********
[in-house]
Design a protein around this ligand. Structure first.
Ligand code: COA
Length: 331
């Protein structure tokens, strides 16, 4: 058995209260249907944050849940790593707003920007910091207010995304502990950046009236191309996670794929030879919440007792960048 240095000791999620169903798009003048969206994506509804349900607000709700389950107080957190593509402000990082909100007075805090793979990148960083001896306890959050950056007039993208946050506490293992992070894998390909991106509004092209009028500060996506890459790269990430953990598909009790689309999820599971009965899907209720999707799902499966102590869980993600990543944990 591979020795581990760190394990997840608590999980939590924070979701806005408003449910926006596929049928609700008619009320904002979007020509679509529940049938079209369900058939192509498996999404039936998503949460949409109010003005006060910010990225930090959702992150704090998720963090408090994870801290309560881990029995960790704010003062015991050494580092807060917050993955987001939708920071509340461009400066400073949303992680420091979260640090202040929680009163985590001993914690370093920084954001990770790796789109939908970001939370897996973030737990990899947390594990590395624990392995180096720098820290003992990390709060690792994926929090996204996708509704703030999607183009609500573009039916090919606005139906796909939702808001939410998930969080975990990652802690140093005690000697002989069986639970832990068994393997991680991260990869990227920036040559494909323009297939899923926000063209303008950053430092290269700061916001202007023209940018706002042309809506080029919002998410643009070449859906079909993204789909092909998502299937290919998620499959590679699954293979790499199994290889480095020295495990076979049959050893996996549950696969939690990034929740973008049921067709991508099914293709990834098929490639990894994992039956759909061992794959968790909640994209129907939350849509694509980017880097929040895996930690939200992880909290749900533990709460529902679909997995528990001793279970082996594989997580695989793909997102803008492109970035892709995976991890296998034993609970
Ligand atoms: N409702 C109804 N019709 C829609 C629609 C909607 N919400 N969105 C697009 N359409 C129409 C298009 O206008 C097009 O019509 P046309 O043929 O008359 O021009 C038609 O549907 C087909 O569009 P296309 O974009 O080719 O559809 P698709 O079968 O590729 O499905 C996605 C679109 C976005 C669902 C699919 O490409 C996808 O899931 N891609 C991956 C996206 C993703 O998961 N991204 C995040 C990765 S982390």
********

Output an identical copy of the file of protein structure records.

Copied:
[in-house]
Design a protein around this ligand. Structure first.
Ligand code: COA
Length: 331
């Protein structure tokens, strides 16, 4: 058995209260249907944050849940790593707003920007910091207010995304502990950046009236191309996670794929030879919440007792960048 240095000791999620169903798009003048969206994506509804349900607000709700389950107080957190593509402000990082909100007075805090793979990148960083001896306890959050950056007039993208946050506490293992992070894998390909991106509004092209009028500060996506890459790269990430953990598909009790689309999820599971009965899907209720999707799902499966102590869980993600990543944990 591979020795581990760190394990997840608590999980939590924070979701806005408003449910926006596929049928609700008619009320904002979007020509679509529940049938079209369900058939192509498996999404039936998503949460949409109010003005006060910010990225930090959702992150704090998720963090408090994870801290309560881990029995960790704010003062015991050494580092807060917050993955987001939708920071509340461009400066400073949303992680420091979260640090202040929680009163985590001993914690370093920084954001990770790796789109939908970001939370897996973030737990990899947390594990590395624990392995180096720098820290003992990390709060690792994926929090996204996708509704703030999607183009609500573009039916090919606005139906796909939702808001939410998930969080975990990652802690140093005690000697002989069986639970832990068994393997991680991260990869990227920036040559494909323009297939899923926000063209303008950053430092290269700061916001202007023209940018706002042309809506080029919002998410643009070449859906079909993204789909092909998502299937290919998620499959590679699954293979790499199994290889480095020295495990076979049959050893996996549950696969939690990034929740973008049921067709991508099914293709990834098929490639990894994992039956759909061992794959968790909640994209129907939350849509694509980017880097929040895996930690939200992880909290749900533990709460529902679909997995528990001793279970082996594989997580695989793909997102803008492109970035892709995976991890296998034993609970
Ligand atoms: N409702 C109804 N019709 C829609 C629609 C909607 N919400 N969105 C697009 N359409 C129409 C298009 O206008 C097009 O019509 P046309 O043929 O008359 O021009 C038609 O549907 C087909 O569009 P296309 O974009 O080719 O559809 P698709 O079968 O590729 O499905 C996605 C679109 C976005 C669902 C699919 O490409 C996808 O899931 N891609 C991956 C996206 C993703 O998961 N991204 C995040 C990765 S982390």